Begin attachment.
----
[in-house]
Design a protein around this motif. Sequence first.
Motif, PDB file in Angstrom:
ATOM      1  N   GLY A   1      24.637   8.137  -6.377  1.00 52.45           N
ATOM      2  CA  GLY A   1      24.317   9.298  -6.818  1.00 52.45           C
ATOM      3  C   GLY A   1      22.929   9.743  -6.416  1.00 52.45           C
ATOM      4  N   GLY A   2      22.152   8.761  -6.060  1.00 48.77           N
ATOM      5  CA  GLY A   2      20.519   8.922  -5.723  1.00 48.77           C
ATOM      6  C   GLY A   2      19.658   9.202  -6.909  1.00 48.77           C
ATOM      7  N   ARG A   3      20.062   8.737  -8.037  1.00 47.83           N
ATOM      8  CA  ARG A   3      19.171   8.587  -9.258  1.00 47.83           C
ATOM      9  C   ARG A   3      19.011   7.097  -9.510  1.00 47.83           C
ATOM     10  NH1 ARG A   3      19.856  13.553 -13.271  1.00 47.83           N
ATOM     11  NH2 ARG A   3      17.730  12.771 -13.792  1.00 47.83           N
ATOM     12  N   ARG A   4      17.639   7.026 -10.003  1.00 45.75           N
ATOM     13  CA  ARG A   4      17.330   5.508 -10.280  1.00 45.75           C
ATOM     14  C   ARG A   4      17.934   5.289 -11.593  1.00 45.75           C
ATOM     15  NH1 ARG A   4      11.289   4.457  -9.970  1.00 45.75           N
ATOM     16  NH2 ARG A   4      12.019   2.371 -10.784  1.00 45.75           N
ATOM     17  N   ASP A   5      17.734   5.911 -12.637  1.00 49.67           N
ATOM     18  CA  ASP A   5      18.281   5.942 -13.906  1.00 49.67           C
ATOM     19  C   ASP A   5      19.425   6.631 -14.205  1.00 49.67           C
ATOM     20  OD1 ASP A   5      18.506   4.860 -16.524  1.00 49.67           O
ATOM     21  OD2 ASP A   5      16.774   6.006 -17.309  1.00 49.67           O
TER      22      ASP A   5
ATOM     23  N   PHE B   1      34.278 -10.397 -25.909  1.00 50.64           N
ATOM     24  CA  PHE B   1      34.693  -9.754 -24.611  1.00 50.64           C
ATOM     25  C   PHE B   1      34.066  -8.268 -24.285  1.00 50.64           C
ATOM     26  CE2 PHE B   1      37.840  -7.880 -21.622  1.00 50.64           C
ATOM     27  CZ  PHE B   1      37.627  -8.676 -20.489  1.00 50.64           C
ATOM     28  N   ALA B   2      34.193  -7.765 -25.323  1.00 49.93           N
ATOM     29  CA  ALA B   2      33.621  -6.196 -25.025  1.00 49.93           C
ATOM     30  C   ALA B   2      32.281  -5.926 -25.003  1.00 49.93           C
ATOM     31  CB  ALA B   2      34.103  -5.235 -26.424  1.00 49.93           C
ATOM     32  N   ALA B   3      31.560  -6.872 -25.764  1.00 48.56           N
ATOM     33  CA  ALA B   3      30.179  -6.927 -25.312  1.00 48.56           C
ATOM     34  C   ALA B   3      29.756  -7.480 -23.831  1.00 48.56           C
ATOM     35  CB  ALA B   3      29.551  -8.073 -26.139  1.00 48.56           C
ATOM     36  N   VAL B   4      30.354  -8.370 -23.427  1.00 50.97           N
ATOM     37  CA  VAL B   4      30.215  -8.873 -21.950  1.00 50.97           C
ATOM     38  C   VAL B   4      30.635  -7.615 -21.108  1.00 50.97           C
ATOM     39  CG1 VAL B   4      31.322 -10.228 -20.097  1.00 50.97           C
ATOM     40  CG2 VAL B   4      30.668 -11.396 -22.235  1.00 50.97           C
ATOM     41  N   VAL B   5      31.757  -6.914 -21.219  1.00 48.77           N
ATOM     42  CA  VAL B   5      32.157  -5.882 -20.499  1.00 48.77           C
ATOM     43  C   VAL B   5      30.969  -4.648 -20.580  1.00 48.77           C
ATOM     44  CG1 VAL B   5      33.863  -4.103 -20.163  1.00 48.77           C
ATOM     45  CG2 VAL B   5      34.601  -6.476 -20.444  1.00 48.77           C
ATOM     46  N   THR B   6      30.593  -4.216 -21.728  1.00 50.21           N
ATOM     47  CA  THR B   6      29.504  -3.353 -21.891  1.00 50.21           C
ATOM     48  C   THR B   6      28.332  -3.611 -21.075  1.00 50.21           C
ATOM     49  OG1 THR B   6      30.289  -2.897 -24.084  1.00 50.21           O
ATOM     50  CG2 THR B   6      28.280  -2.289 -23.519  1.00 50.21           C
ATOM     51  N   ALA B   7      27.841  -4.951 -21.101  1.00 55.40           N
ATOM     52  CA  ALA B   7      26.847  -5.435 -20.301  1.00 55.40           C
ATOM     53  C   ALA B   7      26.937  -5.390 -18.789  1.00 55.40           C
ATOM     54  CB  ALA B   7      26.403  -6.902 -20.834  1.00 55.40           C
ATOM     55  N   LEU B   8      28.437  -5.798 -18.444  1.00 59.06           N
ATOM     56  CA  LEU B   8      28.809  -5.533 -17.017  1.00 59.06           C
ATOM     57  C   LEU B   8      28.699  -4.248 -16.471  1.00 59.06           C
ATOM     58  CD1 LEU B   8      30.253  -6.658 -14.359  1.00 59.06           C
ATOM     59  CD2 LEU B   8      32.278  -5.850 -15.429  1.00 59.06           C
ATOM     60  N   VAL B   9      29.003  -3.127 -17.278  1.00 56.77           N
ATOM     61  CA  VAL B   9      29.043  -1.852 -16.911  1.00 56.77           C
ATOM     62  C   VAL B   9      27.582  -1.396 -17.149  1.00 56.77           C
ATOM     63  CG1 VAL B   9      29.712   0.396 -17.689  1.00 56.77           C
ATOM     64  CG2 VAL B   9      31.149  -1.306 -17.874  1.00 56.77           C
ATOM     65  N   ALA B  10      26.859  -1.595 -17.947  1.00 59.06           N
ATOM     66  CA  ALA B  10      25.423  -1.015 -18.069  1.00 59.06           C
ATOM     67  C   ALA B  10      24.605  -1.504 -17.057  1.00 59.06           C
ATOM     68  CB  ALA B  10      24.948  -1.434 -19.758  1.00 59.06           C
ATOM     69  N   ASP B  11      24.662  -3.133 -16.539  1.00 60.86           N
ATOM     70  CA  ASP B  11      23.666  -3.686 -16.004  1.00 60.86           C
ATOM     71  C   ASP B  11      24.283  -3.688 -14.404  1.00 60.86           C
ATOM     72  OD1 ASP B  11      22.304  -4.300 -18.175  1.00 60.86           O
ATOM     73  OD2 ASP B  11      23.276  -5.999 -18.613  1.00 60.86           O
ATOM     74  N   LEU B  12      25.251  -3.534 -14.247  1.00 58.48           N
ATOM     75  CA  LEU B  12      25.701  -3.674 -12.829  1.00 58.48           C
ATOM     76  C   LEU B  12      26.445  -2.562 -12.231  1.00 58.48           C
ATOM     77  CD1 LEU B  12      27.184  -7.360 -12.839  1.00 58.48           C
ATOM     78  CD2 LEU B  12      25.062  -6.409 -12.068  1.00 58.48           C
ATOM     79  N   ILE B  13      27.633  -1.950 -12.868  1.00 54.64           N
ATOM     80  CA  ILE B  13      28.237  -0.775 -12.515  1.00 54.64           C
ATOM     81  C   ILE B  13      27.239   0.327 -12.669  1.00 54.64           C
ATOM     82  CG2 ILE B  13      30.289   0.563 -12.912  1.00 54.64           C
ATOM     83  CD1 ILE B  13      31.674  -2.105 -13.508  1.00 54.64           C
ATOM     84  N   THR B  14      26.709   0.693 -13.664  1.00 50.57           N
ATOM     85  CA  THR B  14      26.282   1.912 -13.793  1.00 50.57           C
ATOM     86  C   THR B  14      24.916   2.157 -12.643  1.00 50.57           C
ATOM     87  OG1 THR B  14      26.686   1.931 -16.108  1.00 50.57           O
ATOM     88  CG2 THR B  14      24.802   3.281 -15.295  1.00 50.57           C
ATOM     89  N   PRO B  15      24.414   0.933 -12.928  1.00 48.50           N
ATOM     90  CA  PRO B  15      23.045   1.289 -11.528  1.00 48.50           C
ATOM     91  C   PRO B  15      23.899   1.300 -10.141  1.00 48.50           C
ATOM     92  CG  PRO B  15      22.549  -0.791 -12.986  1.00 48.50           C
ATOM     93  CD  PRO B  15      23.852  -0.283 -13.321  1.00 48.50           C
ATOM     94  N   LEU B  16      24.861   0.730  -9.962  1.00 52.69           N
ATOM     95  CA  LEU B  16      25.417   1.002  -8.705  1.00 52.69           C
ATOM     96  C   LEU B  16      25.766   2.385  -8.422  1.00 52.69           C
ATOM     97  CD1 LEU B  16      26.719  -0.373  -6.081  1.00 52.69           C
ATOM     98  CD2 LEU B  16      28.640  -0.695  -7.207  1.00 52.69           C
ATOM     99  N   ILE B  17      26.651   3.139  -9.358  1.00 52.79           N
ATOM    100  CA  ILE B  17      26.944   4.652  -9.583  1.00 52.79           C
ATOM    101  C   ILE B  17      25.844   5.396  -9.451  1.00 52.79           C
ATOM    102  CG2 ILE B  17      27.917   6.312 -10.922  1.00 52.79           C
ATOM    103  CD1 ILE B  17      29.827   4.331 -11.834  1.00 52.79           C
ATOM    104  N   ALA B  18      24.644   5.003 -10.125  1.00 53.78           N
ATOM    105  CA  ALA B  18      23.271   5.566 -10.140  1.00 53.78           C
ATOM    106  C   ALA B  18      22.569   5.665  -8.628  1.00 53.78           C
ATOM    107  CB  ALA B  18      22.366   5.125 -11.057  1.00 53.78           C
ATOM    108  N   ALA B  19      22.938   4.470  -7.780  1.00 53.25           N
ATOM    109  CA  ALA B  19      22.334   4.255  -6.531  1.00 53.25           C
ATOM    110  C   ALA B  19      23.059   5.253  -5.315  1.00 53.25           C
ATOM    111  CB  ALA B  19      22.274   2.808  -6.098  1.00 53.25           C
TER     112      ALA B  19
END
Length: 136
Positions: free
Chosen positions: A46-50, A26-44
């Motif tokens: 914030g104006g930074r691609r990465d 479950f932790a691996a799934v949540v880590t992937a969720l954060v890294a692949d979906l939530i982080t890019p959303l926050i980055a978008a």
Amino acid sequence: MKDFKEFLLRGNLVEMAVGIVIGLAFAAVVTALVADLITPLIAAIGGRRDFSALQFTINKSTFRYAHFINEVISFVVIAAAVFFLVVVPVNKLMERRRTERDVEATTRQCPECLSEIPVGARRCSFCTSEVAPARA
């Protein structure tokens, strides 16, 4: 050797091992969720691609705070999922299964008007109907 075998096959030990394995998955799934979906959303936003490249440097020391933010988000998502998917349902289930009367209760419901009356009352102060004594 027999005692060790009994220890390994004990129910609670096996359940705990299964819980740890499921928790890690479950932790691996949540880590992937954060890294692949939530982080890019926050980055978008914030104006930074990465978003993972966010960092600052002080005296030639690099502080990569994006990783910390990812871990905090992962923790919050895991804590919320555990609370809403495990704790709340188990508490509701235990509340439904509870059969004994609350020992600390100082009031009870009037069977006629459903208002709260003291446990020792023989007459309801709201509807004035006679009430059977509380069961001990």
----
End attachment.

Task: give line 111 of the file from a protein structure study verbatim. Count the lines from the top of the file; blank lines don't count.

ATOM    108  N   ALA B  19      22.938   4.470  -7.780  1.00 53.25           N